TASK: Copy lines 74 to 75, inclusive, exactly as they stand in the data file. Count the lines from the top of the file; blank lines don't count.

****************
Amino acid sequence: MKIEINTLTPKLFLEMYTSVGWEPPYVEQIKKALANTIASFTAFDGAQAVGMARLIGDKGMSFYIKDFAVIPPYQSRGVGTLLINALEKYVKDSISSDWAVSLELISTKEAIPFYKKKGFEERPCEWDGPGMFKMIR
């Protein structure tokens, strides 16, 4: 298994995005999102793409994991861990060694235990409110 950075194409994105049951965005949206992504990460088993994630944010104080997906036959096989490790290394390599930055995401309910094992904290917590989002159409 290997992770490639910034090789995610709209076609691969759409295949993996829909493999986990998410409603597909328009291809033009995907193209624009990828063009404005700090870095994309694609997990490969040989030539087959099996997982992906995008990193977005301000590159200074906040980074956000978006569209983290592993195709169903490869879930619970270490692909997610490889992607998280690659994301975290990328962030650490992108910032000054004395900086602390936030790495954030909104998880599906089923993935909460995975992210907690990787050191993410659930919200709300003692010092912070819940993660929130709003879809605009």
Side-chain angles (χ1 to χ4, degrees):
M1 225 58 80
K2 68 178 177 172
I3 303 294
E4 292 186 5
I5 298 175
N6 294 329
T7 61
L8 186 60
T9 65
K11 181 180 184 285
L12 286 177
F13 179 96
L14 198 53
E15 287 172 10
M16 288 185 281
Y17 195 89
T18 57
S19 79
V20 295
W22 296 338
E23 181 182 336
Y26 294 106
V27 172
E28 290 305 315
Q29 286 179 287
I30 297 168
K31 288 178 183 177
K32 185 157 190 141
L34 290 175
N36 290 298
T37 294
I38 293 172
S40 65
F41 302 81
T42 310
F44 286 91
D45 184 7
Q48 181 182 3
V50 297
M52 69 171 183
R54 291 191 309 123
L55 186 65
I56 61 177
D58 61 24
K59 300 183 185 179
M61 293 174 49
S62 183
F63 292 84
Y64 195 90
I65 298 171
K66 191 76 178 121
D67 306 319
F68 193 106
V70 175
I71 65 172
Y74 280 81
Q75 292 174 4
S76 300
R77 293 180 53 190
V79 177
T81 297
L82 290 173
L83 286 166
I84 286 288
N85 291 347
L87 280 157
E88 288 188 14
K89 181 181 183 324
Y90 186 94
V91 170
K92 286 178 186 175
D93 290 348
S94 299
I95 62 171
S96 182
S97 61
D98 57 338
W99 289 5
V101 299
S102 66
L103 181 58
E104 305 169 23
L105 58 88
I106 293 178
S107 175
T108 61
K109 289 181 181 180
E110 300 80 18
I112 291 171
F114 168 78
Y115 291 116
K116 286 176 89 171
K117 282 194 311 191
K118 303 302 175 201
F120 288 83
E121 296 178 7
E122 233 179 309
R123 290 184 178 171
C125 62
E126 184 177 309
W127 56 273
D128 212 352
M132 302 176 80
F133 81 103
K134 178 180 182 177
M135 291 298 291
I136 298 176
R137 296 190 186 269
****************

K92 286 178 186 175
D93 290 348